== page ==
Deductible Programs can serve to reduce Workers’ Compensation costs for companies with sound safety and risk management practices in place.
Whether you’re transitioning to a Large Deductible Workers’ Compensation program or you’ve been on one for many years, there are far more considerations than simply managing your claims cost. It’s important to understand the various components of the program and what your broker should be focusing on when negotiating your renewal, as not all Large Deductible Programs are structured the same.
Some elements are cash flow implications versus a difference in ultimate cost, but all should be carefully considered when making a program decision:
- Basic / Deductible Premium Factor – This is the fixed insurance expense that includes the cost of insurance for claims exceeding your deductible level, the carrier’s reinsurance, and operating costs of the carrier. This factor will remain consistent for the policy term and will not change based on losses.
- Composite Rate vs. % of Manual Premium – It is important to understand how your fixed cost will be determined at the end of the policy term. Some carriers use a blended rate per $100 of payroll, while others use a percentage of manual premium. Using the latter, the state mix and class codes ultimately run factor into the cost whereas the distribution for a composite rate does not matter. This is an important consideration when setting your accrual net rates.
- Deductible Level – As the amount of retained risk increases, the fixed cost of your program should decrease since you’re taking on a greater amount of the primary exposure. An analysis should be performed at various deductible levels to see if the fixed costs savings at a higher level outweighs the expected cost of claims in the additional loss layer.
- Minimum – Most large deductible programs contain a minimum premium requirement. This means that if you run less payroll than expected, you’re still responsible for the initial estimated fixed cost premium amount. You should be aware of your minimum cost. This consideration is vital if you intend to sell your business during the policy year. Know how your costs will be determined if your policy does not run its full term.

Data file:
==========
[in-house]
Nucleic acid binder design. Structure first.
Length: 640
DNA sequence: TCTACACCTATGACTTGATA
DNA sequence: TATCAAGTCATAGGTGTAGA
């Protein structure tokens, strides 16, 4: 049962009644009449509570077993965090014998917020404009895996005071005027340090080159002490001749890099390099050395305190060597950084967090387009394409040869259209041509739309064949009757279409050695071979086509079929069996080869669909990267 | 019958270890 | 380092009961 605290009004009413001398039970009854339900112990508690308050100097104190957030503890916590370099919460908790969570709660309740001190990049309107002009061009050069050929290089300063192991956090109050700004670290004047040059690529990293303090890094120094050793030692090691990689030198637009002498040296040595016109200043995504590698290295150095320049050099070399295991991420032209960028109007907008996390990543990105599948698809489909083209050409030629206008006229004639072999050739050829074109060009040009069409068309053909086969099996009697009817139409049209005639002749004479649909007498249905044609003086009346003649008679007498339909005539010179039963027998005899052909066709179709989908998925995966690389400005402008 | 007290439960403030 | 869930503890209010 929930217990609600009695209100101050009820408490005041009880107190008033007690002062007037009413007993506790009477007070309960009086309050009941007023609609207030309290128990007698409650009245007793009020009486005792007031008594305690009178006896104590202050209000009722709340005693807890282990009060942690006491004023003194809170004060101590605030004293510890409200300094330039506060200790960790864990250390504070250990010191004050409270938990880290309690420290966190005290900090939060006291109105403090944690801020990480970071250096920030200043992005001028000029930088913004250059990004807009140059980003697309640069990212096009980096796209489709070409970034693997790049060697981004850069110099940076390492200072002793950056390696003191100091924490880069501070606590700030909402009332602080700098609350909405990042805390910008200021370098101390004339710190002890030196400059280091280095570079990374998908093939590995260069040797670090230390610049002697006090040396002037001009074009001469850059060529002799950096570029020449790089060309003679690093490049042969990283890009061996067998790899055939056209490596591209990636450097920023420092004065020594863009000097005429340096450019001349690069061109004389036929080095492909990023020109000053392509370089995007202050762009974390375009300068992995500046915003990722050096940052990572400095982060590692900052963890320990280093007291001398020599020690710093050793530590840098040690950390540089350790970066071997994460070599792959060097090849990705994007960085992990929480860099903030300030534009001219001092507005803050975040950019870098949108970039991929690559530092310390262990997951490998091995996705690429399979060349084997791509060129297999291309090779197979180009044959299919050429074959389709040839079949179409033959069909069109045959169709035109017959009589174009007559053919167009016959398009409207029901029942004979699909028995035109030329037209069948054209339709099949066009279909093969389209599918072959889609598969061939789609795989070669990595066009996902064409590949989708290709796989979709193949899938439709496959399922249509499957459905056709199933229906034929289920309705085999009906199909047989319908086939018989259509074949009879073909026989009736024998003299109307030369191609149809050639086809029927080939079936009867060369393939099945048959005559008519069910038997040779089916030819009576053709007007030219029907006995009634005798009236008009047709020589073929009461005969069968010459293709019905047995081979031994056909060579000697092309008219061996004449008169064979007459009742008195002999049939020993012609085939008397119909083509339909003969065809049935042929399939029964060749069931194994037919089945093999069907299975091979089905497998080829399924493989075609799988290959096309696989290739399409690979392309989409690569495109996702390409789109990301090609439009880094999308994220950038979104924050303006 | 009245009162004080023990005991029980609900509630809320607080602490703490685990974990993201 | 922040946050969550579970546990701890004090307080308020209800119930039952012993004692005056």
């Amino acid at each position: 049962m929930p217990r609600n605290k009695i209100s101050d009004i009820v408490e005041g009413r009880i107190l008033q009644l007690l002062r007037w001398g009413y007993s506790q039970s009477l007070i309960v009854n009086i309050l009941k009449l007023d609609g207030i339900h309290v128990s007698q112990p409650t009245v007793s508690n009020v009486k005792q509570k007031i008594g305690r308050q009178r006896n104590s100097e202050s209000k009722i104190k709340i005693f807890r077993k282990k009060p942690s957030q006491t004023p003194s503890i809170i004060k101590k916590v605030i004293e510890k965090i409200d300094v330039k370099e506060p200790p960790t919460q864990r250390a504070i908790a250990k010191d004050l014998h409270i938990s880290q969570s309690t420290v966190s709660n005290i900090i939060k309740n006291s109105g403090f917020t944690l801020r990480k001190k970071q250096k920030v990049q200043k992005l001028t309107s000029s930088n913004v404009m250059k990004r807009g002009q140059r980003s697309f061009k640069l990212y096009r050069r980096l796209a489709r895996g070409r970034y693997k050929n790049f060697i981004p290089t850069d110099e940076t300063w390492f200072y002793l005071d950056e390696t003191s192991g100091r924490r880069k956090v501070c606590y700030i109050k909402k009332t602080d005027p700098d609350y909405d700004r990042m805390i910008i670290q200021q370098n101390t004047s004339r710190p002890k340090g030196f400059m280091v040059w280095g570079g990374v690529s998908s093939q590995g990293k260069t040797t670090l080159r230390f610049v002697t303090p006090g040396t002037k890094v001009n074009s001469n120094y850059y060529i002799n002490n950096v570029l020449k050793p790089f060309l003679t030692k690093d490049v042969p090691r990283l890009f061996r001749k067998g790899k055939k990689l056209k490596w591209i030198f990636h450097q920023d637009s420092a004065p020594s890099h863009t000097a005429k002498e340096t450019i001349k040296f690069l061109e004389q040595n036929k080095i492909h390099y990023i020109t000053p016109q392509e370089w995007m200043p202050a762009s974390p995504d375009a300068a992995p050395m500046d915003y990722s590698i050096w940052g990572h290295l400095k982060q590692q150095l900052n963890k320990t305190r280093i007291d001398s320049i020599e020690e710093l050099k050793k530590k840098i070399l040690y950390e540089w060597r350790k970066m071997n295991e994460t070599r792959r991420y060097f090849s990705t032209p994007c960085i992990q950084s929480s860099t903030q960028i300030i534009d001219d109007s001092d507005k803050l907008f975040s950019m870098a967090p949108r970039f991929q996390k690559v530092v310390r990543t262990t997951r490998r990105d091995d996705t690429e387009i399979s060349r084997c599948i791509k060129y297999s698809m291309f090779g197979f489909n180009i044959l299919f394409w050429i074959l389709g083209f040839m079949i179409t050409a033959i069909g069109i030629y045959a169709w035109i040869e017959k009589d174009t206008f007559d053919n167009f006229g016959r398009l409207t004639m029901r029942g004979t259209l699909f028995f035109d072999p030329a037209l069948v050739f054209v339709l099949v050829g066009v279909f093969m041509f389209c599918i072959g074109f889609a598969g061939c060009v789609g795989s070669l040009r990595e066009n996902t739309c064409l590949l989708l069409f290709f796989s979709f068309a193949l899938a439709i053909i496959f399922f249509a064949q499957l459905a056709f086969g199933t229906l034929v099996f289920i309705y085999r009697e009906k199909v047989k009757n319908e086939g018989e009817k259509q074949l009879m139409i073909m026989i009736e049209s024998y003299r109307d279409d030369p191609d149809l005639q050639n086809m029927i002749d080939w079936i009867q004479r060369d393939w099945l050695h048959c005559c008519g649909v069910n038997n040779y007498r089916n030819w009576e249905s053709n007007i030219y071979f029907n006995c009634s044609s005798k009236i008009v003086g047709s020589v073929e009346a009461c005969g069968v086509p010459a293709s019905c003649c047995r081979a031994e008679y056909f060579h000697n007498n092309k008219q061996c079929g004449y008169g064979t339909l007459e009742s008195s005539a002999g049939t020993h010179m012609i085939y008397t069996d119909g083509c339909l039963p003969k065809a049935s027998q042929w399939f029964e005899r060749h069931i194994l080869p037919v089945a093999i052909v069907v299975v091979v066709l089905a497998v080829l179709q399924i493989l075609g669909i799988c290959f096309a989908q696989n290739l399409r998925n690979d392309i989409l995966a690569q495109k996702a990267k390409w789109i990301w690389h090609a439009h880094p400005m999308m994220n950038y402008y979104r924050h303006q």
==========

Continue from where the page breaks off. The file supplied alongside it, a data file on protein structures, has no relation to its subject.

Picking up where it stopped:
- Maximum – If you want sleep insurance, an aggregate loss limit can be built into the program for an additional cost. This will provide a guaranteed maximum cost for your program, otherwise your costs are theoretically unlimited.
- Loss Conversion Factor vs. Per Claim Fee – How are your claim handling fees determined? A loss conversion factor (LCF) is a percentage applied to your incurred claims, while a per claim fee charges a flat amount per indemnity claim, medical claim or notice only. An analysis should be done to determine which method is most beneficial given your expected loss level, number of claims, and types of claims.
- Managed Care Savings Charges – These additional claims handling costs are oftentimes overlooked and not disclosed during the decision process, but they could amount to tens or hundreds of thousands in hidden costs to you.
- Claims Handling – Are claims administered by the carrier or is a third-party administrator (TPA) used? If using a TPA, are you involved in the TPA selection?
- Paid vs. Incurred Deductible – Both options have different collateral, cash flow, and tax implications. Paid programs typically provide better cash flow, but greater collateral needs. Incurred programs result in lower or no collateral obligations, but cash flow is negatively impacted.
- Collateral – Evaluate the collateral requirement to ensure it is fair given your expected losses. Carriers accept different forms of collateral, some require a letter of credit, accept cash or even offer a depleting cash loss fund on an installment basis. Others will allow a surety bond to cover a portion of the collateral requirement. Consider if policy years stand independently or whether overall results are blended.
- Loss Development Factors – Factors applied to your incurred losses to project the ultimate exposure for a policy year. They decrease as claims mature and impact cash flow.
If structured correctly, a Deductible Program can serve as a cost-effective long-term solution for your Workers’ Compensation program.
Contact us to work with an MMA Advisor to determine if a large deductible worker’s compensation program is right for your business.